Mr. Hickman, To Miss Clarissa Harlowe .

[Sent to Wilson’s by a particular hand.] 

Friday, May 5. 

I have the honour of dear Miss Howe’s commands, to acquaint you, without knowing the occasion, ‘that she is excessively concerned for the concern she has given you in her last letter: And that, if you will but write to her, under cover as before, she will have no thoughts of what you are so very apprehensive about.” —Yet she bid me write, ‘That if she has but the least imagination that she can serve you, and save you,’ those are her words, ‘all the censures of the world will be but of second consideration with her.’ I have great temptations on this occasion, to express my own resentments upon your present state; but not being fully apprised of what that is—Only conjecturing from the disturbance upon the mind of the dearest Lady in the world to me, and the most sincere of friends to you, that that is not altogether so happy as were to be wish’d; and being, moreover, forbid to enter into the cruel subject; I can only offer, as I do, my best and faithfullest services; and to wish you a happy deliverance from all your troubles. For I am,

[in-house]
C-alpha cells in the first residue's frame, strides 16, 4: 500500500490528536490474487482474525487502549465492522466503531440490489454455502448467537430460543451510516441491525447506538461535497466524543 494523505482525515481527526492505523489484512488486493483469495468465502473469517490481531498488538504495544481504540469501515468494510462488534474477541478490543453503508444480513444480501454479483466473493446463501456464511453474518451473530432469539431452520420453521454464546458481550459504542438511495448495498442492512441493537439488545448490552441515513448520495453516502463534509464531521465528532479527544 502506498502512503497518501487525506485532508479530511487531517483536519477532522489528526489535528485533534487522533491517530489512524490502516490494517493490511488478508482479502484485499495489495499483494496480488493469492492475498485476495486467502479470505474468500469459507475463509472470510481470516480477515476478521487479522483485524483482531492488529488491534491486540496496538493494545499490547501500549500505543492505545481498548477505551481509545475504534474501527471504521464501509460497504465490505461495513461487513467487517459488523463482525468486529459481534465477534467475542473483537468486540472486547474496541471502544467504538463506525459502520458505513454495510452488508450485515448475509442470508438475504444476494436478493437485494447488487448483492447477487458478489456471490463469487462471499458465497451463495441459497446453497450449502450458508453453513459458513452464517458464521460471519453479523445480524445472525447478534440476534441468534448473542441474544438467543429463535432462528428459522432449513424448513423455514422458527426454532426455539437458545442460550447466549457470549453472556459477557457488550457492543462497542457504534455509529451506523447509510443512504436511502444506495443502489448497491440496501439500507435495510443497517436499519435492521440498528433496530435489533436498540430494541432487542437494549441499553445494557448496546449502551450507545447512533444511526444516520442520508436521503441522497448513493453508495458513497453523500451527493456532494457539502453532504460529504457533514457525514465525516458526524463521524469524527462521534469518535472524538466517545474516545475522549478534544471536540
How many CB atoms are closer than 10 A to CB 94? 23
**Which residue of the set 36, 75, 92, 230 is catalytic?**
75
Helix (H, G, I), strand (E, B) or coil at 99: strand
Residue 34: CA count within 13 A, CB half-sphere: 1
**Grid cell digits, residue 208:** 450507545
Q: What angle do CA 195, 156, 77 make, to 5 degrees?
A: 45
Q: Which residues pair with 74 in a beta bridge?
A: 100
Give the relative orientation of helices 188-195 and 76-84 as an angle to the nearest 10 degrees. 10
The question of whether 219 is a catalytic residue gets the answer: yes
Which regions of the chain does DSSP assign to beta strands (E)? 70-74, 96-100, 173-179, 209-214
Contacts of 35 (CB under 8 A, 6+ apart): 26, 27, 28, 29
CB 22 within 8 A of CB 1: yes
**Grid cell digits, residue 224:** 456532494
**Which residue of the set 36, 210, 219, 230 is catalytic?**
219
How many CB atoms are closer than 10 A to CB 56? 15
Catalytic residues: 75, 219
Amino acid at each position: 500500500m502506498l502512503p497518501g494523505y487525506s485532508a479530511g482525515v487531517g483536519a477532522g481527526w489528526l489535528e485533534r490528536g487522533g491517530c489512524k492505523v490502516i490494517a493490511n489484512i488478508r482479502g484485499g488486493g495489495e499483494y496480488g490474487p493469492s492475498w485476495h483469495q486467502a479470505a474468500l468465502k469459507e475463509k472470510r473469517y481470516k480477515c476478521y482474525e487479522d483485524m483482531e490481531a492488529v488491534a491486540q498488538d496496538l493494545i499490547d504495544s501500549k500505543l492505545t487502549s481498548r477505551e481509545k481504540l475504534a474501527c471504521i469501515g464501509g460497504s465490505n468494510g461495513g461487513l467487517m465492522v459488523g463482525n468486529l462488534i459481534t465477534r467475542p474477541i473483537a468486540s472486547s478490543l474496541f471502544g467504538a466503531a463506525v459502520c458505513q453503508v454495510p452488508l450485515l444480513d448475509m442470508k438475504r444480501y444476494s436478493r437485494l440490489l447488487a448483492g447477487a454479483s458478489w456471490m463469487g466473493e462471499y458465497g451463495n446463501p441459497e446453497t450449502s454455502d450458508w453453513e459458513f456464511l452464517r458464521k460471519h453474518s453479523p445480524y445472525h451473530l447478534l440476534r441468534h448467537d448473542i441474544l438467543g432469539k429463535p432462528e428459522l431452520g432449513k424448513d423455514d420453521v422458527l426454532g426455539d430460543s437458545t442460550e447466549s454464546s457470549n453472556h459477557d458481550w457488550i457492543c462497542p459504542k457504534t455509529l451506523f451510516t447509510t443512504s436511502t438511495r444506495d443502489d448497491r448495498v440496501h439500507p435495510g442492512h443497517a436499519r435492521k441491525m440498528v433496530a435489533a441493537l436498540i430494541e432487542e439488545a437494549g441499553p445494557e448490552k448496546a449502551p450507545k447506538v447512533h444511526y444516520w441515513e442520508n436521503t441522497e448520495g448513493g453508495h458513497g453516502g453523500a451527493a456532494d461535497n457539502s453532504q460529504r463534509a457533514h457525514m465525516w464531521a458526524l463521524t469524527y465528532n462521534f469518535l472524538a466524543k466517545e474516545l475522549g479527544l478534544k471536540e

Most excellent young Lady,
Your faithful and most obedient servant,
Ch. Hickman .

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